Hopefully the quality of the racing will return to the excitement level once a hallmark of that venue. Also hopefully people who are not lucky enough to attend will be able to find it on television. The ‘partner’ who began their IndyCar relationship with such promise and enthusiasm seems content to shuffle the series to unrelated cable channels like CNBC then back to the sports network without really letting providers know what is on the schedule. They have also become enamored of NASCAR and F-1, as evidenced by the amount of promotion and programming.

Speaking of ovals drivers don’t like, the Nashville Speedway was sold to new owners recently and they seem serious about having racing. IndyCar seems like a natural fit, but that was another track IndyCar left not because crowds or sponsors were a problem, but because the series did not want to be there. Personally IndyCar should be looking there and at Memphis as well, where there is another fine short oval largely being unused.

On a somewhat related note some of us fans of IndyCar oval racing have created a new Facebook group cheekily called 25/8 that celebrates the first five years of the IRL. Anyone who enjoyed that period is welcome to join.

Enjoy the racing this weekend! Texas should be fun. As always.

May 30, 2014

Vanquishing the Indianapolis 500 Ghosts of 1973

Filed under: The Disciple Blogs — Disciple of INDYCAR @ 1:39 pm

SwedeThis past month of May was memorable on a number of levels as every May usually is. Fans enjoyed a great 500 and were entertained all month by a re-engineered schedule of events that kept most everyone engaged. One highlight that personally touched a lot of fans involved a popular name from the past.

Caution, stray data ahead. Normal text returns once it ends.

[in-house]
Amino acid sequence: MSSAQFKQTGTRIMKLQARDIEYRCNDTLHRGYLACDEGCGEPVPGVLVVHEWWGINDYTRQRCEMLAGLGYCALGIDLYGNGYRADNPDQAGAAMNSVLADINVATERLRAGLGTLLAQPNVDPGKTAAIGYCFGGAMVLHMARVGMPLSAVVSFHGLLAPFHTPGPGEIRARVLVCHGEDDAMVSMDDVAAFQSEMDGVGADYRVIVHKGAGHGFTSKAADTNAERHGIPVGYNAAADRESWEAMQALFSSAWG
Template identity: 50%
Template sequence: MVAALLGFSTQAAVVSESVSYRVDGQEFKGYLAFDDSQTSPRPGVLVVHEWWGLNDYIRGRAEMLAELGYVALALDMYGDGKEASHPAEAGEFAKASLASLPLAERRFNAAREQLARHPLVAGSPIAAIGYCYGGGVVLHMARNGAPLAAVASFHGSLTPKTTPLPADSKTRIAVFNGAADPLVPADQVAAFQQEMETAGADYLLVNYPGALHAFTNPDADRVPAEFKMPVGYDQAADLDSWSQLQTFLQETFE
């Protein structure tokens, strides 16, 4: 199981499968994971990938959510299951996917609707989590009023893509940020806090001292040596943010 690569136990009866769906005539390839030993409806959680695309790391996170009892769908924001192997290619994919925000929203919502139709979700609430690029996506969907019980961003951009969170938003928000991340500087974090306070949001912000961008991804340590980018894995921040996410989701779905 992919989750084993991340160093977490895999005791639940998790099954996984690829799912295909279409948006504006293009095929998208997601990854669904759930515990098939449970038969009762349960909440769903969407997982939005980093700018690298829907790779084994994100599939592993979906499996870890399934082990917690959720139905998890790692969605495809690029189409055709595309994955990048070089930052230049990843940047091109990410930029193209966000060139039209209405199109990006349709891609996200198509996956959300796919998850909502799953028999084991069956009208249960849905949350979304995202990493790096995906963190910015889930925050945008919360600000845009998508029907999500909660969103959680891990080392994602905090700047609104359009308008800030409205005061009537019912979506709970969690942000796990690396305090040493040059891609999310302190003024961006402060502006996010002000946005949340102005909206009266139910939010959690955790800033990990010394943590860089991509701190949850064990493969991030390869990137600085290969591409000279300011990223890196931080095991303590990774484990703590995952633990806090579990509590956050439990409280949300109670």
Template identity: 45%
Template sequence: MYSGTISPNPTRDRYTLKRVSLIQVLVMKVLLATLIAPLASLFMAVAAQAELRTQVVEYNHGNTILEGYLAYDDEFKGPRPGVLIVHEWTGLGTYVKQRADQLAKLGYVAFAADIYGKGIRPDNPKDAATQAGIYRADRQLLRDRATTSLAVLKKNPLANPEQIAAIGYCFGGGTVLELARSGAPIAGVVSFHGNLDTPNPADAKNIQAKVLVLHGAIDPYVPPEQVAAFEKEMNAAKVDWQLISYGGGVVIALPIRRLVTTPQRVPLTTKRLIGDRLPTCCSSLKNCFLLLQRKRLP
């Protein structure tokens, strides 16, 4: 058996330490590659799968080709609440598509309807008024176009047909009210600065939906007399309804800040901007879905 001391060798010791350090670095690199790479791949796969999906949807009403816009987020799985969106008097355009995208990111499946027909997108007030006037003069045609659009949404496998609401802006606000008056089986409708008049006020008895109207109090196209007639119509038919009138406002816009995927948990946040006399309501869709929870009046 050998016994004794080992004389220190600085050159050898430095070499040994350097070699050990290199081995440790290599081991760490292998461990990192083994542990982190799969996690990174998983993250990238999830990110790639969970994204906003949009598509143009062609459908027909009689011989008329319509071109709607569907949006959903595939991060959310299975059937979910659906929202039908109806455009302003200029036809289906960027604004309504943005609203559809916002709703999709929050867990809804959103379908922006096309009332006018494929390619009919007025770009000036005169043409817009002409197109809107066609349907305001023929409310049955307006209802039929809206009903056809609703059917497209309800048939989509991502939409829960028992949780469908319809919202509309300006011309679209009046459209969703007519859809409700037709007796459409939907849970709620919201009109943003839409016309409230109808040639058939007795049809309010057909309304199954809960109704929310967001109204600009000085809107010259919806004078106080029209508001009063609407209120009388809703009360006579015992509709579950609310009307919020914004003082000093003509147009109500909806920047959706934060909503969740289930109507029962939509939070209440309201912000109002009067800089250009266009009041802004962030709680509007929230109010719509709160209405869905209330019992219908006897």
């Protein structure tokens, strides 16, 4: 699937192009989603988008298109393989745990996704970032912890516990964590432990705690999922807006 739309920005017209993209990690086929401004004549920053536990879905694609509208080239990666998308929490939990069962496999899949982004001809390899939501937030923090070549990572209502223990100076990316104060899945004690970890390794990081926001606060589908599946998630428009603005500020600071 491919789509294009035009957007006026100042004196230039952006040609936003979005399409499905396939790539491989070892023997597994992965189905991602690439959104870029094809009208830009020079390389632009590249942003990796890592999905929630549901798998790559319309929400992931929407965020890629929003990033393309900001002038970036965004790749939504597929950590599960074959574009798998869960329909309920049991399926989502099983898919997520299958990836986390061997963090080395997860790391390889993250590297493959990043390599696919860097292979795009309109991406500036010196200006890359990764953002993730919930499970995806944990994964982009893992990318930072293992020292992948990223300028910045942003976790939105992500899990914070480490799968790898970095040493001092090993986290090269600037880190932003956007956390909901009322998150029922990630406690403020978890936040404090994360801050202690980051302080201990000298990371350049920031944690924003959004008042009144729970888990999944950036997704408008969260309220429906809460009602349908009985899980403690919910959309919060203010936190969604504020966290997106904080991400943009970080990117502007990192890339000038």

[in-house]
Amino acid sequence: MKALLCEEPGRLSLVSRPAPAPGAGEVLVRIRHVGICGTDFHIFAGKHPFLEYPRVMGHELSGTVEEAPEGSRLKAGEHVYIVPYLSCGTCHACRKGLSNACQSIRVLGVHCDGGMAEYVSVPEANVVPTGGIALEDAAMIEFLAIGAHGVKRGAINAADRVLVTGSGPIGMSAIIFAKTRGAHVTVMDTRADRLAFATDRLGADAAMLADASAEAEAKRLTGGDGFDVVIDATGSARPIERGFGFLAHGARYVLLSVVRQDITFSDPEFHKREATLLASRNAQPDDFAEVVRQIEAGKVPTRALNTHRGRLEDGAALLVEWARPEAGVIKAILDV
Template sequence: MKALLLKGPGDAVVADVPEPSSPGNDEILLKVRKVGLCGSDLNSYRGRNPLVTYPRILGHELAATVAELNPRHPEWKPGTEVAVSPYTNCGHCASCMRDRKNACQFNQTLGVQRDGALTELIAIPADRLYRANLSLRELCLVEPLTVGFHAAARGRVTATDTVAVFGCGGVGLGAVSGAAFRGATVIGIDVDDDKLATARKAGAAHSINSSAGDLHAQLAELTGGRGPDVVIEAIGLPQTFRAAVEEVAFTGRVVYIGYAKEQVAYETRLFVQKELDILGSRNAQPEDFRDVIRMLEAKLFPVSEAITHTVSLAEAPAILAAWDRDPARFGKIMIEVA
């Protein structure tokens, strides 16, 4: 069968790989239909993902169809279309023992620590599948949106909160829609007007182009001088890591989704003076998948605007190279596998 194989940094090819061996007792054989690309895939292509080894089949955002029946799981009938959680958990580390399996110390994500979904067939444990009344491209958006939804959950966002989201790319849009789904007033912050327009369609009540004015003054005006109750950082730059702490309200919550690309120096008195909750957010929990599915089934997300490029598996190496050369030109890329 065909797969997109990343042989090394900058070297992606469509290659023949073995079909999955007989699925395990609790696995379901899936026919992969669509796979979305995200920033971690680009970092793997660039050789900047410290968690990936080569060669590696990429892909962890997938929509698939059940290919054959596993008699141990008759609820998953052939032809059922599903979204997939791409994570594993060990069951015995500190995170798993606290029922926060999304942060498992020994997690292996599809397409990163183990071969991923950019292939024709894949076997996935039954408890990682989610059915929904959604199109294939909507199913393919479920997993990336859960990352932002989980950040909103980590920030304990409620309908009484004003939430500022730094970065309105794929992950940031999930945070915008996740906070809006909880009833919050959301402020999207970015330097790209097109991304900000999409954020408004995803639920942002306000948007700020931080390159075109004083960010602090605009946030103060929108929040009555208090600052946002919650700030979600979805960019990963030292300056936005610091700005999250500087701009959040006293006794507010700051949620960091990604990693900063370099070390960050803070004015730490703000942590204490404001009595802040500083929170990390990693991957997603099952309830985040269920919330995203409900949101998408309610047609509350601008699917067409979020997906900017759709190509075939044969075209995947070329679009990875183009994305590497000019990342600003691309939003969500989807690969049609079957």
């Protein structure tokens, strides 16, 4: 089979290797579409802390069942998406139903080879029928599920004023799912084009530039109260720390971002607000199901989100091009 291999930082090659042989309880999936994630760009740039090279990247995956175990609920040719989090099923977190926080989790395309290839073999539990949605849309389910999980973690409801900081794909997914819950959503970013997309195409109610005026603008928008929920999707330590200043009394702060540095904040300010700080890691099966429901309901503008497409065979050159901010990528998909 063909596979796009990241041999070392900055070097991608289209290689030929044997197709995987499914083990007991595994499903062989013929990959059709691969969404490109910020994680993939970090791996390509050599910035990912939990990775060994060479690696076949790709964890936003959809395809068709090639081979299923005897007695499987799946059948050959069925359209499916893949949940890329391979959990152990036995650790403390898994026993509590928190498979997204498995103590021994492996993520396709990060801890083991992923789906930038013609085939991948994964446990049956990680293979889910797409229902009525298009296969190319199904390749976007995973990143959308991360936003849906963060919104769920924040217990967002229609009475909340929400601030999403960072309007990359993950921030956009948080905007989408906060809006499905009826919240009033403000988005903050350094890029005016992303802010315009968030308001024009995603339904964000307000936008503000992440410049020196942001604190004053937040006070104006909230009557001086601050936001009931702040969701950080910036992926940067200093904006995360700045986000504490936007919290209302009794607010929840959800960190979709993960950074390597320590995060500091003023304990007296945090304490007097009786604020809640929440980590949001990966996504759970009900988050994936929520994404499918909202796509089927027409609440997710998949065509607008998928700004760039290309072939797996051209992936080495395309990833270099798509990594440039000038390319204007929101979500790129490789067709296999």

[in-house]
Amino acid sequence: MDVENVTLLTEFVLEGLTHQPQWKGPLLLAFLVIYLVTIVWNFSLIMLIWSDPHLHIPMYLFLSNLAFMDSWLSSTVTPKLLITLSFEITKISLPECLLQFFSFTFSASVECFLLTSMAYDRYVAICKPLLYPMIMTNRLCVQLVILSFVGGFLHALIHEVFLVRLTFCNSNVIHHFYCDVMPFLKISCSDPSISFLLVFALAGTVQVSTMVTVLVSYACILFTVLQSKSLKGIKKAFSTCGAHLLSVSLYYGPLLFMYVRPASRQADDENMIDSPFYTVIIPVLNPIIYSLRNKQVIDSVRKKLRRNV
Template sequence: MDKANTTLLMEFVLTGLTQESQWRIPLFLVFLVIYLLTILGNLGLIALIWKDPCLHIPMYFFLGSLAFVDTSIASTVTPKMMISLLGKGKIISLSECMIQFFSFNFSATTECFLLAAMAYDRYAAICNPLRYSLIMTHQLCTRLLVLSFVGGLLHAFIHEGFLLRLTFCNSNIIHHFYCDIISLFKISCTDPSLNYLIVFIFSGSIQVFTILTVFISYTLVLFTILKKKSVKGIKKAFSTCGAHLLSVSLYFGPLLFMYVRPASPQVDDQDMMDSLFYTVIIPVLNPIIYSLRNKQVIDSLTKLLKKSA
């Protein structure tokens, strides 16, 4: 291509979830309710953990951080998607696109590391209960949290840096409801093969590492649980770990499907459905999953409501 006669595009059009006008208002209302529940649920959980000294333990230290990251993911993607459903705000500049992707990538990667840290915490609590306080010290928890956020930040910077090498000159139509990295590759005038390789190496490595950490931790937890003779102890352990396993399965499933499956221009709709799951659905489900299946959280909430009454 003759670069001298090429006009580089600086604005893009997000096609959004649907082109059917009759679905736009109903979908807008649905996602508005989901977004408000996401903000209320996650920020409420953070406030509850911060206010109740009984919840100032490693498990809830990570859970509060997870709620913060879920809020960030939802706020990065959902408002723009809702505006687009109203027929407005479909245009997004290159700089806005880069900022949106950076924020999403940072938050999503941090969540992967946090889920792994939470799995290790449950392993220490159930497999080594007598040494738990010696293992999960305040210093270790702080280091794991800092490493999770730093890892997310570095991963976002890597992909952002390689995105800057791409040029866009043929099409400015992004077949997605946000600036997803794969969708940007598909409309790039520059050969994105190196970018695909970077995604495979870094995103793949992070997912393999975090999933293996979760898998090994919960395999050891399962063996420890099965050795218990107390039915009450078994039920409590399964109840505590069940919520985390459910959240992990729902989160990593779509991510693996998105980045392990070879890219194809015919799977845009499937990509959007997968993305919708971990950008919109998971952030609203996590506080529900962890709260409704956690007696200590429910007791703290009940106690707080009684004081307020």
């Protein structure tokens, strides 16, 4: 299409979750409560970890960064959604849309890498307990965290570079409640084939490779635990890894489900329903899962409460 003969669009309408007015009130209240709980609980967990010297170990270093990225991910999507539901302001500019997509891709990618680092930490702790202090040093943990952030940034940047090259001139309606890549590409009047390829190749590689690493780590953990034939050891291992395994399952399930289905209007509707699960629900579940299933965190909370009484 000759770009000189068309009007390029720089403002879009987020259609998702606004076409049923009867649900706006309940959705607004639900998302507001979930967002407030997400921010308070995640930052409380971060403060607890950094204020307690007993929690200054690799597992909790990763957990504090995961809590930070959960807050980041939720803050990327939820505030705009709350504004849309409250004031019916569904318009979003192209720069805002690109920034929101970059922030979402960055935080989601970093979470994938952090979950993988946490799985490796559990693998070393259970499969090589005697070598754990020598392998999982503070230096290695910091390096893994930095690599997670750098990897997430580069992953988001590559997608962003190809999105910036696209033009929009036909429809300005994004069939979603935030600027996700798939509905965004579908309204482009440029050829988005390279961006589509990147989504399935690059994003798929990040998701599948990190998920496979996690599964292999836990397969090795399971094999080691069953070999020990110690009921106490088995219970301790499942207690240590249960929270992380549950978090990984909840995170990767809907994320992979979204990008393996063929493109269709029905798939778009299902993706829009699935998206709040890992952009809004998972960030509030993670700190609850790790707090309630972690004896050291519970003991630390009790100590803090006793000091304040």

Savage.

1973 is widely regarded as the most tragic, even forgettable 500 ever. Three lives were lost; one before the race, one in pit lane in horrifying fashion, and another a couple of weeks after the race caused not by a bad crash that looked fatal when it happened, but by the lingering effects of breathing burning fuel that seemed to spread as the emergency crew tried to extinguish it.  Add to that the permanent disfiguration of another driver who pin-wheeled down the south end of the main straightaway, the injury of several fans, and an ordeal that took three days to complete and not even to the scheduled distance makes it potentially the darkest year ever at the old Brickyard.